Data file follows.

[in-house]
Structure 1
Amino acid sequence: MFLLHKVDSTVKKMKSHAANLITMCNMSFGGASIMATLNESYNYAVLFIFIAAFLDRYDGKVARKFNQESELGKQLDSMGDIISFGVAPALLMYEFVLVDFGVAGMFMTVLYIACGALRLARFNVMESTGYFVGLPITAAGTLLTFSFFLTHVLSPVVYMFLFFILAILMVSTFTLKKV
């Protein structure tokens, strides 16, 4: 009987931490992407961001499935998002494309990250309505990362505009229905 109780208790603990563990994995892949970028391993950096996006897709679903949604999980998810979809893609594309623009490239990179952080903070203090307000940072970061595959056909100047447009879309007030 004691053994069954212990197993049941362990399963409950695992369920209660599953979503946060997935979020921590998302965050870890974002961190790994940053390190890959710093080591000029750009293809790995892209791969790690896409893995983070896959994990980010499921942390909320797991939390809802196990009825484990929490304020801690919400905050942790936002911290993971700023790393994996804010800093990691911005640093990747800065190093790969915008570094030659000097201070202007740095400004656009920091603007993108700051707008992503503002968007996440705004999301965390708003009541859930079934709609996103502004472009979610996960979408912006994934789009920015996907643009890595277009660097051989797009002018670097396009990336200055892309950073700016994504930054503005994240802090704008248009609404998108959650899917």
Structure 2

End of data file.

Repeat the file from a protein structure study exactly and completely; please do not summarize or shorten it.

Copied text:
[in-house]
Structure 1
Amino acid sequence: MFLLHKVDSTVKKMKSHAANLITMCNMSFGGASIMATLNESYNYAVLFIFIAAFLDRYDGKVARKFNQESELGKQLDSMGDIISFGVAPALLMYEFVLVDFGVAGMFMTVLYIACGALRLARFNVMESTGYFVGLPITAAGTLLTFSFFLTHVLSPVVYMFLFFILAILMVSTFTLKKV
């Protein structure tokens, strides 16, 4: 009987931490992407961001499935998002494309990250309505990362505009229905 109780208790603990563990994995892949970028391993950096996006897709679903949604999980998810979809893609594309623009490239990179952080903070203090307000940072970061595959056909100047447009879309007030 004691053994069954212990197993049941362990399963409950695992369920209660599953979503946060997935979020921590998302965050870890974002961190790994940053390190890959710093080591000029750009293809790995892209791969790690896409893995983070896959994990980010499921942390909320797991939390809802196990009825484990929490304020801690919400905050942790936002911290993971700023790393994996804010800093990691911005640093990747800065190093790969915008570094030659000097201070202007740095400004656009920091603007993108700051707008992503503002968007996440705004999301965390708003009541859930079934709609996103502004472009979610996960979408912006994934789009920015996907643009890595277009660097051989797009002018670097396009990336200055892309950073700016994504930054503005994240802090704008248009609404998108959650899917």
Structure 2